Switched Reluctance Motors (SRMs) are distinct electric motors operating on the principle of variable magnetic reluctance. Yet, they do suffer from the presence of torque ripples, which result from the abrupt switching of currents during motor operation. These lead to vibrations, noise, and undesirable mechanical stresses.

    With SimScale’s electromagnetics solver, engineers can run magnetostatics simulations that provide a comprehensive understanding of the torque generation mechanisms, torque ripple effects, and efficiency of the motor under different operating conditions.

    Magnetic flux distribution of a Switched Reluctance Motor (SRM) in SimScale
    Figure 4: Magnetic flux distribution across the stator and rotor poles of a switched reluctance motor (SRM)

    Electromagnetic-Toothed Brake

    The electromagnetic-toothed brake is a sophisticated braking mechanism that operates through the manipulation of magnetic forces to control its engagement and disengagement. It shares structural similarities with the conventional power-on brake, but it boasts a distinct advantage in terms of static torque, which stems from the interlocking teeth between the driving and driven components. By incorporating these teeth into its design, the toothed brake achieves a notably higher torque capacity compared to devices of similar size, thus offering precise and efficient control of motion. When the coil is energized (power-on), the toothed brake engages to provide effective braking, making it a valuable tool for halting the rotation of a load when electrical power is applied.

    In the image below, we provide a visual representation of electromagnetics simulation results in SimScale, illustrating the magnetic toothed brake in action. The image showcases both the engaged and disengaged states of the brake.

    SimScale simulation image of an electromagnetic toothed brake in its disengaged and engaged states
    Figure 5: Electromagnetic toothed brake in its (left) disengaged and (right) engaged state simulated in SimScale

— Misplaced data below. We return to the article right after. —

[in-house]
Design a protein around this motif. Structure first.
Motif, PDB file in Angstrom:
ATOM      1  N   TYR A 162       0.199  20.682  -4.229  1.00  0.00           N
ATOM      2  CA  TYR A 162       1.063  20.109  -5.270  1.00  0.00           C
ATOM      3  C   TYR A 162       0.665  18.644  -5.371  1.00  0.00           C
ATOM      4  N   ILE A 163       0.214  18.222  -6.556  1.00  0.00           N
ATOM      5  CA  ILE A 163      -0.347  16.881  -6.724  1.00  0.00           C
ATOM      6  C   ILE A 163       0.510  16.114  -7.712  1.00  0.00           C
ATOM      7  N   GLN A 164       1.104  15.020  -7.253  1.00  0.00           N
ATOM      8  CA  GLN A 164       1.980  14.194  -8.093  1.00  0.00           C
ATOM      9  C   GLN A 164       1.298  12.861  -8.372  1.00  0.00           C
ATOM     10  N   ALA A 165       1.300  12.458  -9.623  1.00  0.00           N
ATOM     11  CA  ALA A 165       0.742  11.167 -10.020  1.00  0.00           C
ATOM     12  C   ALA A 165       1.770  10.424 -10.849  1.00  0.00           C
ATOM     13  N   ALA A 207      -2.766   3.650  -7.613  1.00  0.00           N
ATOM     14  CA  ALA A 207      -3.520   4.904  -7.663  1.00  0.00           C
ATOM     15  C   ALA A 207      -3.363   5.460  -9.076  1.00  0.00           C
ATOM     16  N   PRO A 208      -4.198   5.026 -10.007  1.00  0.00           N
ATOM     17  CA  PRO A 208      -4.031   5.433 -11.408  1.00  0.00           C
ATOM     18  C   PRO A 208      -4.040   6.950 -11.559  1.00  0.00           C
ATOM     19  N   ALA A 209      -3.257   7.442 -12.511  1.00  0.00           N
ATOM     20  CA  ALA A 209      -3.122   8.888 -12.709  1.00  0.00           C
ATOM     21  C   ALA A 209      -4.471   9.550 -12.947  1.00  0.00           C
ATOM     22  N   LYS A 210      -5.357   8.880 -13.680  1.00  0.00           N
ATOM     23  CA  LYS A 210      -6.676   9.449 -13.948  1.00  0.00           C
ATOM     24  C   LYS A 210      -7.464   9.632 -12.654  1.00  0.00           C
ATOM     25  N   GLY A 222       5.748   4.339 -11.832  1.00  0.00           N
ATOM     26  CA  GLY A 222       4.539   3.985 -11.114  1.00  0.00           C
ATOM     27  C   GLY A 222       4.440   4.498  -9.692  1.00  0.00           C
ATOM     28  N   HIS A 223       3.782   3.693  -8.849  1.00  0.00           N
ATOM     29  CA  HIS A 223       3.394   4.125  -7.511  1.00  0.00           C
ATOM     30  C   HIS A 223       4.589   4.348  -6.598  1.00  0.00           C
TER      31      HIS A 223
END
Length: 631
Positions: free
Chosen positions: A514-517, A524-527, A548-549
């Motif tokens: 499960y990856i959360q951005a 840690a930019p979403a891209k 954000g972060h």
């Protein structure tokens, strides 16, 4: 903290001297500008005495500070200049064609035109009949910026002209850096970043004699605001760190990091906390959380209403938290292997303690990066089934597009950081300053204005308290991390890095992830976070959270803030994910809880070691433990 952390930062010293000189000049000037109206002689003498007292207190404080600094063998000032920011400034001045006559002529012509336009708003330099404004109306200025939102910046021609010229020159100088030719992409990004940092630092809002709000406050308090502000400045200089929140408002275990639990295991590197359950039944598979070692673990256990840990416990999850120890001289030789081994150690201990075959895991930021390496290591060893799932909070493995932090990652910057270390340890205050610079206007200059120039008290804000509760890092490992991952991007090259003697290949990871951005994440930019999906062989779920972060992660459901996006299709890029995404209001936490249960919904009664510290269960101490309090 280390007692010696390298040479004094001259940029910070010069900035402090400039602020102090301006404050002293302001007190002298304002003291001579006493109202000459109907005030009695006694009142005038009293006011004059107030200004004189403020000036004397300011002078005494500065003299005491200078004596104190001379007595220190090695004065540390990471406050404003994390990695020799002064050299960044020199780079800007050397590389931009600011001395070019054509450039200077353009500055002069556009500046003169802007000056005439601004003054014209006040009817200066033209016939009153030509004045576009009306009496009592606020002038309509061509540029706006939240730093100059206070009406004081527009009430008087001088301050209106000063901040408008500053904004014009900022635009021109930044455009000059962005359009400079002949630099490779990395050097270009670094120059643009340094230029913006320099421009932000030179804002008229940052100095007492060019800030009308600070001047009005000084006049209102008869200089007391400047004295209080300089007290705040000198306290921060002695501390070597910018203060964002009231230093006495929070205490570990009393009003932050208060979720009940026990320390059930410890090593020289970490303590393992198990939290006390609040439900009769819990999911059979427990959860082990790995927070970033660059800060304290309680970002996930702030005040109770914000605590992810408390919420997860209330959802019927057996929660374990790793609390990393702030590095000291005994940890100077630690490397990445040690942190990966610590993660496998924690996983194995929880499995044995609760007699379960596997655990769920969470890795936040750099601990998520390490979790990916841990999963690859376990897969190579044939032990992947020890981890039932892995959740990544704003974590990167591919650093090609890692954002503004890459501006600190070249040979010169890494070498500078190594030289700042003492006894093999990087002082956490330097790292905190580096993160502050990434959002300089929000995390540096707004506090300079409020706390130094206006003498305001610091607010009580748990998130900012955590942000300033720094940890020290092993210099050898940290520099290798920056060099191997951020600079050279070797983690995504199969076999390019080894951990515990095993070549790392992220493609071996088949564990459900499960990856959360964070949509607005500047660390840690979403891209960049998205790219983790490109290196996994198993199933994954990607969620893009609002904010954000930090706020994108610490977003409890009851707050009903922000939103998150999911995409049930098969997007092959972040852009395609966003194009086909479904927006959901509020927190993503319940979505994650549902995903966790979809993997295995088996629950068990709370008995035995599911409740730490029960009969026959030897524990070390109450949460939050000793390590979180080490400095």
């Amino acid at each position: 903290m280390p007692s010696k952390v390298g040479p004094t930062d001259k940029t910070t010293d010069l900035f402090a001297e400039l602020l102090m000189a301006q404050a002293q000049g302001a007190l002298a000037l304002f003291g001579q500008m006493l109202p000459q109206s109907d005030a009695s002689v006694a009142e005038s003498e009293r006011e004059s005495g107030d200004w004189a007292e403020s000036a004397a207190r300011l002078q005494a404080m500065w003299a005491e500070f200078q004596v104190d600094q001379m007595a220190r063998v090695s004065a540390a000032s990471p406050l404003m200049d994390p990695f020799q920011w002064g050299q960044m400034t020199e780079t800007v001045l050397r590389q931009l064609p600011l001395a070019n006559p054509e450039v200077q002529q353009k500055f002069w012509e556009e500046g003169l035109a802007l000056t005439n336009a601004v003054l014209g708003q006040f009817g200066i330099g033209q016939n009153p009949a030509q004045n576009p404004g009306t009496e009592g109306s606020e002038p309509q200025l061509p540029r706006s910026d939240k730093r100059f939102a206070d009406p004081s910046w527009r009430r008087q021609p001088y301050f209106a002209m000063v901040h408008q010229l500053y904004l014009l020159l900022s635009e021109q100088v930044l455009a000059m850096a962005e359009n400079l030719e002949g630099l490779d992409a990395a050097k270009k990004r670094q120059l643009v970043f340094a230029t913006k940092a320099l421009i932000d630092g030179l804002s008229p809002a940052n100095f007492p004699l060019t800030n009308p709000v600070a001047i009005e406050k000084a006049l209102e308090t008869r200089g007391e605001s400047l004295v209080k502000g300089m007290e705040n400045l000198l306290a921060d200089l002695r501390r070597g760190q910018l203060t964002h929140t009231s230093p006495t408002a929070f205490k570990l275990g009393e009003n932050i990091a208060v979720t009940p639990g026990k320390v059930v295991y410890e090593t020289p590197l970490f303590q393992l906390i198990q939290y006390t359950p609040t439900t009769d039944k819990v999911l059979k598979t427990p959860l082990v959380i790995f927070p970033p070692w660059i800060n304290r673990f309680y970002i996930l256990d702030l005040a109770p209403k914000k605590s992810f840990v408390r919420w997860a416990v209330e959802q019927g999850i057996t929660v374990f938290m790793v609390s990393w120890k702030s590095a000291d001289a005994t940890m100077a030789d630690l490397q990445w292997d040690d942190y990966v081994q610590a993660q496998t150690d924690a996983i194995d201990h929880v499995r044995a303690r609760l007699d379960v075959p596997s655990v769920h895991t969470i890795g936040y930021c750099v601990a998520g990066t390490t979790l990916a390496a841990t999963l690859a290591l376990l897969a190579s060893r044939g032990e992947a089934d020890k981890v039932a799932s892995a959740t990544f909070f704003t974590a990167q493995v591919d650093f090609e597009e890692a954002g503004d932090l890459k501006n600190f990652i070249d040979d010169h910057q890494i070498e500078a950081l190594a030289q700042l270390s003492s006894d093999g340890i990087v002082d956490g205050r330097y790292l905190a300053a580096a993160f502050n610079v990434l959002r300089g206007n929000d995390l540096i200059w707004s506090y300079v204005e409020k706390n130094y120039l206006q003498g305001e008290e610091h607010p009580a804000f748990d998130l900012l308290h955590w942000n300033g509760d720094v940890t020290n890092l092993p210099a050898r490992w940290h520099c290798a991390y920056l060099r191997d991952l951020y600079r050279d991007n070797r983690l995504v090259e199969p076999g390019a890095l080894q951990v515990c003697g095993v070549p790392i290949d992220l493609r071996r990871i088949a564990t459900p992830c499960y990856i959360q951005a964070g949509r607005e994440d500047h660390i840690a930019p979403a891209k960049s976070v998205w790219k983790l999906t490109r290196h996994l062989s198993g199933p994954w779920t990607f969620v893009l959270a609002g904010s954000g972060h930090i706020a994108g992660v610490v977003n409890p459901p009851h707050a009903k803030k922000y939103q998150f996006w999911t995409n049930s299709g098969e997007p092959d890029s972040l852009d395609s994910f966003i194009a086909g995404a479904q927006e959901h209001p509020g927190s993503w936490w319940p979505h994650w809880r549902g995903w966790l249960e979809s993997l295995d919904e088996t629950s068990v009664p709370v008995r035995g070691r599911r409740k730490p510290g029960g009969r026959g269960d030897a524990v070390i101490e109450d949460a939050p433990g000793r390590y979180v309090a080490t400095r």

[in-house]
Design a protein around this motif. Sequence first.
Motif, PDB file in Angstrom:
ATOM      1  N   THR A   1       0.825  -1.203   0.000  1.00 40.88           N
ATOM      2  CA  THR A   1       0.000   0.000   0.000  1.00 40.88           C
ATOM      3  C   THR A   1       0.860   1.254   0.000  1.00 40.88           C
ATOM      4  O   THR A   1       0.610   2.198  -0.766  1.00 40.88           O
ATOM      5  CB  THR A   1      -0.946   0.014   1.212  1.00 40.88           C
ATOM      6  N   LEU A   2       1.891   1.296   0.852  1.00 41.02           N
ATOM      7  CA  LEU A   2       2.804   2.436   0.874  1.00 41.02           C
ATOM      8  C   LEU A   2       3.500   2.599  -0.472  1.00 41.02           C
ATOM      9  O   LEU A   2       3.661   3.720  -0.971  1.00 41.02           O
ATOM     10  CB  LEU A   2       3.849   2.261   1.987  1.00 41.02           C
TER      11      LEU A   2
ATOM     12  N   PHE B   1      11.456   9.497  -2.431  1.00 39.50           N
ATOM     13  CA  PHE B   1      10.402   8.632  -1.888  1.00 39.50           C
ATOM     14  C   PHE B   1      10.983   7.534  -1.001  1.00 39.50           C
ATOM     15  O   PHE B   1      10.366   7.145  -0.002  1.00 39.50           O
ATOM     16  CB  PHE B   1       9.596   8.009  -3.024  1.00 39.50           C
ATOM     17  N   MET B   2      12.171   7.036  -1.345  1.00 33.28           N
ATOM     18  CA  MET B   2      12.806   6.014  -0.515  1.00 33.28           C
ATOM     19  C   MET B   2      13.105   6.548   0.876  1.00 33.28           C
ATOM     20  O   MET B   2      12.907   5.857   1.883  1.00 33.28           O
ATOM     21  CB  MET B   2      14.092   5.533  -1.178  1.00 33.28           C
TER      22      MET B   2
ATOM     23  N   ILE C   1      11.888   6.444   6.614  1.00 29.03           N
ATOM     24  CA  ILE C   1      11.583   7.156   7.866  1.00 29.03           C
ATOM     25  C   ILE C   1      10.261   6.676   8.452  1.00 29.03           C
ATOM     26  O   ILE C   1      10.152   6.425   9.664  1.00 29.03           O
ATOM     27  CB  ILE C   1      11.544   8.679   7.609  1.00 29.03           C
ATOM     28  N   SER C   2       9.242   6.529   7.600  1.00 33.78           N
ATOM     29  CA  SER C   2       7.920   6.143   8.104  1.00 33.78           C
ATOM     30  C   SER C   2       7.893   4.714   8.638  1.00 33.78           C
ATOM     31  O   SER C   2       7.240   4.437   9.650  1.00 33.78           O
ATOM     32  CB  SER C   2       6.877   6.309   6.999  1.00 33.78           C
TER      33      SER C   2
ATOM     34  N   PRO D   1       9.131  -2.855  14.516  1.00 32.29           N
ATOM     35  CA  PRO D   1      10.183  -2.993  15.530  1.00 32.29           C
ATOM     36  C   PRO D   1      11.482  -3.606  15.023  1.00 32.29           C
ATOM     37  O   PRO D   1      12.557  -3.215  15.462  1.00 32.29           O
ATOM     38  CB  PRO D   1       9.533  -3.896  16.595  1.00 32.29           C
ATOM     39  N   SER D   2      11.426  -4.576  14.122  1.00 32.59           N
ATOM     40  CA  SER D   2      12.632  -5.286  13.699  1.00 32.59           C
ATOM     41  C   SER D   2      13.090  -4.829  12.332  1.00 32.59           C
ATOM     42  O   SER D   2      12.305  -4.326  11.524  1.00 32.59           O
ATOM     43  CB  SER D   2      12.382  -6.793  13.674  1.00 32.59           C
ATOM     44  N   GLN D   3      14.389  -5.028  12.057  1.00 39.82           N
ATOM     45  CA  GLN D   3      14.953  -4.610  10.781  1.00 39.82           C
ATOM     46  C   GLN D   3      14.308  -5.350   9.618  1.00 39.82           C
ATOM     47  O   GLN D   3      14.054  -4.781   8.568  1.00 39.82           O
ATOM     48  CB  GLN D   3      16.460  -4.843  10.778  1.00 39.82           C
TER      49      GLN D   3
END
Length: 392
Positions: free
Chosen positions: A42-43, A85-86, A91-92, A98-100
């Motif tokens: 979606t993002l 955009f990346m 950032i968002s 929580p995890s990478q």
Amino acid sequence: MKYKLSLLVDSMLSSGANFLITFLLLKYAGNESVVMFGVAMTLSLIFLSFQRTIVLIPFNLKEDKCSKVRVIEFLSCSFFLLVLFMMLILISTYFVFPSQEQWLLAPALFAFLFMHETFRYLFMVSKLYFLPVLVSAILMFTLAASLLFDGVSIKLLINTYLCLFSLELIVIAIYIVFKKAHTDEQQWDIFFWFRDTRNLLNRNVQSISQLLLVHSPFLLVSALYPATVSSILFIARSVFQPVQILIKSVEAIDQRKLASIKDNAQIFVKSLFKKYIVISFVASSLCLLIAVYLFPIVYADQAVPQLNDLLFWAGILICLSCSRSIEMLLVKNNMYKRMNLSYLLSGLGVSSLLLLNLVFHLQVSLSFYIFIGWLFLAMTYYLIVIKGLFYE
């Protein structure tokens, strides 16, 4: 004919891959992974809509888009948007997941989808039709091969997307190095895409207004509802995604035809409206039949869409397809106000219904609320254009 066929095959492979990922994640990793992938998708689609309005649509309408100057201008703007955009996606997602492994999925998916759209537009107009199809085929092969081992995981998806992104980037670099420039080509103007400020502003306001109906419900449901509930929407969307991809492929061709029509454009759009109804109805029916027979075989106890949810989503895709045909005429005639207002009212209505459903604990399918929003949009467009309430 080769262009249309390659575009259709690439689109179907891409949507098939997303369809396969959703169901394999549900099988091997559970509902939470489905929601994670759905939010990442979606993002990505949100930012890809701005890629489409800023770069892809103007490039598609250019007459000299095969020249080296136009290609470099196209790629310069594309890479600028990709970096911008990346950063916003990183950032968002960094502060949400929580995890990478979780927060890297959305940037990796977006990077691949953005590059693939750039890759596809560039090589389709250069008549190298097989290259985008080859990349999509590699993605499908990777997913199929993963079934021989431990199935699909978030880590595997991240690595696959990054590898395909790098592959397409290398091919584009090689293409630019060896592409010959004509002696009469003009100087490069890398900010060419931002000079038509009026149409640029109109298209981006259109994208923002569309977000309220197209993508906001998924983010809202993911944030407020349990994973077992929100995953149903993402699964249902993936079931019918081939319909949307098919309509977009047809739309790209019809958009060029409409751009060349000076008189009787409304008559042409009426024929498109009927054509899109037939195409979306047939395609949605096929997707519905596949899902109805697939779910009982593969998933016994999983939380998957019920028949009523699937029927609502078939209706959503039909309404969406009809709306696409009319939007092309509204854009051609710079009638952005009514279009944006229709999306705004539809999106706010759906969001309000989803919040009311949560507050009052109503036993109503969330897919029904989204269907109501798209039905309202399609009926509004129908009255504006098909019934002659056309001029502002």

Linear Solenoid (Actuator)

    Linear solenoids are electromagnetic devices that generate linear push or pull motion using magnetic fields. By adjusting the number of coil turns, material properties of the parts, or the applied current through the solenoid, engineers can optimize the stroke length of a linear direct-pushing solenoid. In other words, by controlling the magnetic field, engineers can tailor the solenoid’s stroke to suit specific application requirements, such as valves, locks, actuators, and other linear-motion devices.

    Magnetic flux density distribution on a solenoid in SimScale
    Figure 6: Magnetic flux density distribution on a direct pushing linear solenoid

    More Electromagnetics Simulations Coming Soon

    Low-frequency electromagnetics is just the beginning for SimScale. In the near future, we plan to introduce additional modules that will enable simulations of AC magnetics, transient magnetics, electrostatics, AC electrics, and high-frequency applications at last.

    All these modules contribute to the multiphysics capabilities that SimScale provides, enabling engineers to run all the necessary simulations and analyses to ensure proper testing and validation before the need for any physical prototyping.

    Multiple physics simulations on an electric motor provided by SimScale
    Figure 7: Multiple physics simulations on an electric motor (electromagnetic, thermal, flow, structural)

    SimScale’s EM simulation software is the new kid on the block, but it is a game changer in terms of minimizing go-to-market time and costs for electromagnetic products.

    In our effort to enable engineering organizations to deploy simulation broadly while maintaining central control over simulation knowledge and usage, SimScale is integrating electromagnetics into its comprehensive suite of simulation tools, delivered via a single consistent GUI and API.

    Set up your own cloud-native simulation via the web in minutes by creating an account on the SimScale platform. No installation, special hardware, or credit card is required.